Friday, December 7, 2007

Relief from horrible tax law

And this front page story in my other daily had some good news for a small group of taxpayers.

JDS Uniphase workers caught by a combination of bad tax law, investment naivety and the great tech slide of 2000 saw some welcome relief, thanks to local MP Gary Lunn and Canada Revenue.

Because of prevailing tax rules some JDS workers were left owing huge taxes on ‘income’ they never saw a penny of.

People hurt by this appealed for years to the government, to Paul Martin and to their local MPs for relief and received none, until now. In the meantime people lost their homes, families and marriages crumbled and many otherwise suffered greatly under the severe financial stress. Though the relief is no doubt welcome now, for some it came way too late.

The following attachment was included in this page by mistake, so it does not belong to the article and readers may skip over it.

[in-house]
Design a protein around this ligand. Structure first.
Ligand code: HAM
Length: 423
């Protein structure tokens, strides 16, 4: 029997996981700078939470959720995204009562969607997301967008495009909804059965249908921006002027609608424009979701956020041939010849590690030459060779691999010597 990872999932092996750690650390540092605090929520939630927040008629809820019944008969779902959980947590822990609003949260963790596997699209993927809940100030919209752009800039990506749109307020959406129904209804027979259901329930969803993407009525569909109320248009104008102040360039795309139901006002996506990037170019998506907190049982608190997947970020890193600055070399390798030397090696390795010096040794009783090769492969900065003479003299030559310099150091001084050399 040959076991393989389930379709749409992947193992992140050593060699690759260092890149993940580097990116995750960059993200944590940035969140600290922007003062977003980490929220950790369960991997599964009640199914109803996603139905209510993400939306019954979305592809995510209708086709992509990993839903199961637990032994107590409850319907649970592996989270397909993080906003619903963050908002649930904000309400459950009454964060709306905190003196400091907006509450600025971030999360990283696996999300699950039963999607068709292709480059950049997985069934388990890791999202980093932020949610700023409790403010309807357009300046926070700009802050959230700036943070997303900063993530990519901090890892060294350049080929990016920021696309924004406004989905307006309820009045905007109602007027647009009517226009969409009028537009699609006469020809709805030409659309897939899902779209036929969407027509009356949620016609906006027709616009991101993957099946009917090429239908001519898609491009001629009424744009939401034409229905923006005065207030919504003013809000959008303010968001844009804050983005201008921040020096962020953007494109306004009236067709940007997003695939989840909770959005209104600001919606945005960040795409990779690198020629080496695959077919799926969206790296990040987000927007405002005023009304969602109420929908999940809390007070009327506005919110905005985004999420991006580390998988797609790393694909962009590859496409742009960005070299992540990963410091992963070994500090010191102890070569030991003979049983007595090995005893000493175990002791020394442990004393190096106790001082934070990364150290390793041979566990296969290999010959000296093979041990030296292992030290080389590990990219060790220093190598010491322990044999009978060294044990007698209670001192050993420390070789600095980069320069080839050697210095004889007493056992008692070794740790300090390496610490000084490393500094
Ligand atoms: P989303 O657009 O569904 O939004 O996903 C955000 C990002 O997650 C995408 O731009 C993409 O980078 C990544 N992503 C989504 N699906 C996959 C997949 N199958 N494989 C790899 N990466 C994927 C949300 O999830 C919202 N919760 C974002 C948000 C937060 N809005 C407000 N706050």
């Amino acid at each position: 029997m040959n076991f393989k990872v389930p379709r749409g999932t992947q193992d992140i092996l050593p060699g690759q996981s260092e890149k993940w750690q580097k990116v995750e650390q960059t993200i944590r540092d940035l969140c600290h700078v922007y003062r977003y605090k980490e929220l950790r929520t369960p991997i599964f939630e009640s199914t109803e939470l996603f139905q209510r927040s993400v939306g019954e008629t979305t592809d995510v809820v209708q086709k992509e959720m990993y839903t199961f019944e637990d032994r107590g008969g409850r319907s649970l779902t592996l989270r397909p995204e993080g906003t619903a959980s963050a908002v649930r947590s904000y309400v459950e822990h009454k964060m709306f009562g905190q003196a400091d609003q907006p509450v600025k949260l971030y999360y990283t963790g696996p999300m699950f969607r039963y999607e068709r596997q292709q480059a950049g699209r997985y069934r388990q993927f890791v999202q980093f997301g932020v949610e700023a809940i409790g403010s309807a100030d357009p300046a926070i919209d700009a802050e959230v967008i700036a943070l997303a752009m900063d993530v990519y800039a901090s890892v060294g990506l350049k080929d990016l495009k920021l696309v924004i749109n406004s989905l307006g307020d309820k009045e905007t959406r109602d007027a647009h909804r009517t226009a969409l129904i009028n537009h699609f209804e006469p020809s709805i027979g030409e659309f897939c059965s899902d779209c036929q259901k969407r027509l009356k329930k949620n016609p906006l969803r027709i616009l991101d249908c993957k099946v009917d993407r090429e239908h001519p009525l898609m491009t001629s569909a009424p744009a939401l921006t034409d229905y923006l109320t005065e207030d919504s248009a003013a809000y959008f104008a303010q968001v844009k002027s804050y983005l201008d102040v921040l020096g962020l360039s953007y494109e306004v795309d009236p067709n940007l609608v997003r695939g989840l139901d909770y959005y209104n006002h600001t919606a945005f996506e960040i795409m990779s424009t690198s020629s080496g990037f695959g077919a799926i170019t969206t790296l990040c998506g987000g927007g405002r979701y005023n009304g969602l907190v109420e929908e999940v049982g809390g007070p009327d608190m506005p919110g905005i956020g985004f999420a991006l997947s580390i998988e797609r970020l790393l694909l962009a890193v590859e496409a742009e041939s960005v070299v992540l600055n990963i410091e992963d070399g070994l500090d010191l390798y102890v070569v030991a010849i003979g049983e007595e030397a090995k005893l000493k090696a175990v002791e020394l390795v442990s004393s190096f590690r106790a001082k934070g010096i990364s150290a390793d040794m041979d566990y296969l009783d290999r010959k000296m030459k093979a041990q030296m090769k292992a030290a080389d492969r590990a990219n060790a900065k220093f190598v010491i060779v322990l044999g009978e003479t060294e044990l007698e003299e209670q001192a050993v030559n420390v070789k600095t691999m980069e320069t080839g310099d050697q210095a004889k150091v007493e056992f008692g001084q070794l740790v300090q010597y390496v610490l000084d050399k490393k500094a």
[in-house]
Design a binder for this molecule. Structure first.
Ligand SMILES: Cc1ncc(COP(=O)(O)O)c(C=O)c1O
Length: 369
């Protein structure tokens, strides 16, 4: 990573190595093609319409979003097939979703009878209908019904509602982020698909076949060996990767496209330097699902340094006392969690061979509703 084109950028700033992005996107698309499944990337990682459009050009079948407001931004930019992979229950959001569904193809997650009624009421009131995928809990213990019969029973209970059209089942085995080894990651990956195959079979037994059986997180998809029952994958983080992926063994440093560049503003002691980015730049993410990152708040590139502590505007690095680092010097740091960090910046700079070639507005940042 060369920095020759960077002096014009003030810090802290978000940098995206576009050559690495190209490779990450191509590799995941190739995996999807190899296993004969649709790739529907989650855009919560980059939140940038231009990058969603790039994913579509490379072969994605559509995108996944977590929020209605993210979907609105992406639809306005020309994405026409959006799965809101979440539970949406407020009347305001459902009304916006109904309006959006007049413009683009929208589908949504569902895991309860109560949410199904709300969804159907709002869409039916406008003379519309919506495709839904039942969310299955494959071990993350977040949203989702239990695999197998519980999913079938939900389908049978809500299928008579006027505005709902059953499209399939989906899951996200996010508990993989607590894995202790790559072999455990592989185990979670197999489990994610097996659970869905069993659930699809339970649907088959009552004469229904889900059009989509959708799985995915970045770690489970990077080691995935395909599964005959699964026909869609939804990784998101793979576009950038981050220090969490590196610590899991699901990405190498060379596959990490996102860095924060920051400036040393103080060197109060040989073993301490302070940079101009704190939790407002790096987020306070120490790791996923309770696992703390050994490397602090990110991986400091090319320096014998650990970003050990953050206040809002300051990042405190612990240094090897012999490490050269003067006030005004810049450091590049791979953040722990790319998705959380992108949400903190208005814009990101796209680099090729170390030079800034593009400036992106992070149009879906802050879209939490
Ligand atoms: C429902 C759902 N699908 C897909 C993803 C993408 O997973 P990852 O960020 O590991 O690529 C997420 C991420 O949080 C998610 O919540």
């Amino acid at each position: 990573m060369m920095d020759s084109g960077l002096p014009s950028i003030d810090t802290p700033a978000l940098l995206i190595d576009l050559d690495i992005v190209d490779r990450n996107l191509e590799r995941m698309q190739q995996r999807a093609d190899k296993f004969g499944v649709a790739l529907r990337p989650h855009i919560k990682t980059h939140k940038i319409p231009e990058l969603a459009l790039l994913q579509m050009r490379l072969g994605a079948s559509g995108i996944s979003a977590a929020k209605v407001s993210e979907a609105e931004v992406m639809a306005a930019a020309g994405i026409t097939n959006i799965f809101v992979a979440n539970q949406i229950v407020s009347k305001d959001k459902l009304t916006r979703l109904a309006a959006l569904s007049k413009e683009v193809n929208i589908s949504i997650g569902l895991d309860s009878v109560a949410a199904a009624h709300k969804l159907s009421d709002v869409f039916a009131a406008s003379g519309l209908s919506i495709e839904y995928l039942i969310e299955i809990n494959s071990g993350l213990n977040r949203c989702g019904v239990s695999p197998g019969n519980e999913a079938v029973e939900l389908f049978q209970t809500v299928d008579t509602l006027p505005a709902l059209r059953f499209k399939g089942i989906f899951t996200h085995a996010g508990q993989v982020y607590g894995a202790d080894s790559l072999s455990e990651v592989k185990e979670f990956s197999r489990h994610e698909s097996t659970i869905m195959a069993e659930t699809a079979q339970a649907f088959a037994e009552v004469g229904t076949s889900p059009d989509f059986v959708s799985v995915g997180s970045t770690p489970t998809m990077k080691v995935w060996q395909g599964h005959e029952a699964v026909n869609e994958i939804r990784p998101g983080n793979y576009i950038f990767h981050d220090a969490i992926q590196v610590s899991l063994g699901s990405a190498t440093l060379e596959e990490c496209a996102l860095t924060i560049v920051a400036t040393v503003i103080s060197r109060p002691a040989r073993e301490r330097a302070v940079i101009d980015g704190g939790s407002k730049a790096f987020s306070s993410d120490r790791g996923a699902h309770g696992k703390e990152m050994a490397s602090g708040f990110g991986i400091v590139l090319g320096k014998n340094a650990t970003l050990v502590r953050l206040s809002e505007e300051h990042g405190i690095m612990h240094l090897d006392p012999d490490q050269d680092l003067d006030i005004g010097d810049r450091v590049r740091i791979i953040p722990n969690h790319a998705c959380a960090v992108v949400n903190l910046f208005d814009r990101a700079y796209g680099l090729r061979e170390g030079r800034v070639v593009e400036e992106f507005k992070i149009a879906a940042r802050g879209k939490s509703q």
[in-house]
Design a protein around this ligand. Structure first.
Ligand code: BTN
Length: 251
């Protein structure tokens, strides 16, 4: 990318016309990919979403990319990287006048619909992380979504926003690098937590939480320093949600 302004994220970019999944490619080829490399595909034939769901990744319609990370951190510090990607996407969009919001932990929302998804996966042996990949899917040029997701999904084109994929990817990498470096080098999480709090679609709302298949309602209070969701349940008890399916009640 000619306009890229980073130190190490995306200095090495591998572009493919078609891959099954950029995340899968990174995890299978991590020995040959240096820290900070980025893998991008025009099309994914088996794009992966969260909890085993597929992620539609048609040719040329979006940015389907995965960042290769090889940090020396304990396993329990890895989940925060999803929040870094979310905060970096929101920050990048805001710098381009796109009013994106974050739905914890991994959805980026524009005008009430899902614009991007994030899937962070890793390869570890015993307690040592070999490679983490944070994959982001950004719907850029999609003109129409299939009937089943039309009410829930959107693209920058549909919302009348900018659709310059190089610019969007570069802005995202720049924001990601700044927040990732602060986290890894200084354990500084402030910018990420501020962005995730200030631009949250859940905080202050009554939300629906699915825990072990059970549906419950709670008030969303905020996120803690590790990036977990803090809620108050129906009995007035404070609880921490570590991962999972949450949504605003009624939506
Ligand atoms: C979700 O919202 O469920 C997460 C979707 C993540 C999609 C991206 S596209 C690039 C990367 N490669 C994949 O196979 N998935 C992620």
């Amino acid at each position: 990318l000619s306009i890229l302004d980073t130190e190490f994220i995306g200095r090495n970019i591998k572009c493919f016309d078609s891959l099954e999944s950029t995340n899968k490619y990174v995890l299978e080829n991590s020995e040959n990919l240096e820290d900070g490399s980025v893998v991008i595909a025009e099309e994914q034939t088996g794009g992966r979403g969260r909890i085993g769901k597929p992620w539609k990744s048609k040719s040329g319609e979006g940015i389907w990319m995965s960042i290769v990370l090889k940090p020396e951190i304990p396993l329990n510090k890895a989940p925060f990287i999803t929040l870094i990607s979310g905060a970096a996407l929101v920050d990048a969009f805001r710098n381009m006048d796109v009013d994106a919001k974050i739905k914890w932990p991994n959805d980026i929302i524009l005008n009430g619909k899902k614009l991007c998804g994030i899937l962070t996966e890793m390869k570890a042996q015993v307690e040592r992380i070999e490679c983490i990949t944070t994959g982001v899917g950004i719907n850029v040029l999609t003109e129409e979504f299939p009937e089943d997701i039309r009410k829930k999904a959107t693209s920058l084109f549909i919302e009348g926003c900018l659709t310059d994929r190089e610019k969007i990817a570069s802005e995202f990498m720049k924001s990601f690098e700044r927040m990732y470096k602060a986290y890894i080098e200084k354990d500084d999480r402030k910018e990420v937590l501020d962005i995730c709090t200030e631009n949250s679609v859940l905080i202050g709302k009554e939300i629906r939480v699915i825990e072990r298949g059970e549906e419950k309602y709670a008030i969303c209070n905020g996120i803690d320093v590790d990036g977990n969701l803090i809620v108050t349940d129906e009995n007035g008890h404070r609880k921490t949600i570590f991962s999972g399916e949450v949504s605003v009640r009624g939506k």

Still there are those who think there should have been no tax relief in this case. Since it sets a "dangerous" precedent exposing the government to claims from other taxpayers, critics argue it was a mistake to offer the relief. They do have a valid point. The government was following its own long established rules when it insisted on payment of taxes.

However, to them, I say bullcrap! A tax law that inflicts losses, solely as a result of taxes imposed on ‘in-come’ that never 'came-in', is a horrible tax law. And, precedent schmecedent! If anyone else suffered similar losses due to these patently unfair rules, they bloody well should be compensated as well.

Tax relief, though, isn’t nearly enough. Tax rules need to be changed so that this can’t happen again. And the fix is very simple. As in most other jurisdictions and in most other investment circumstances in this country, unrealized income should not be taxable income. Period.

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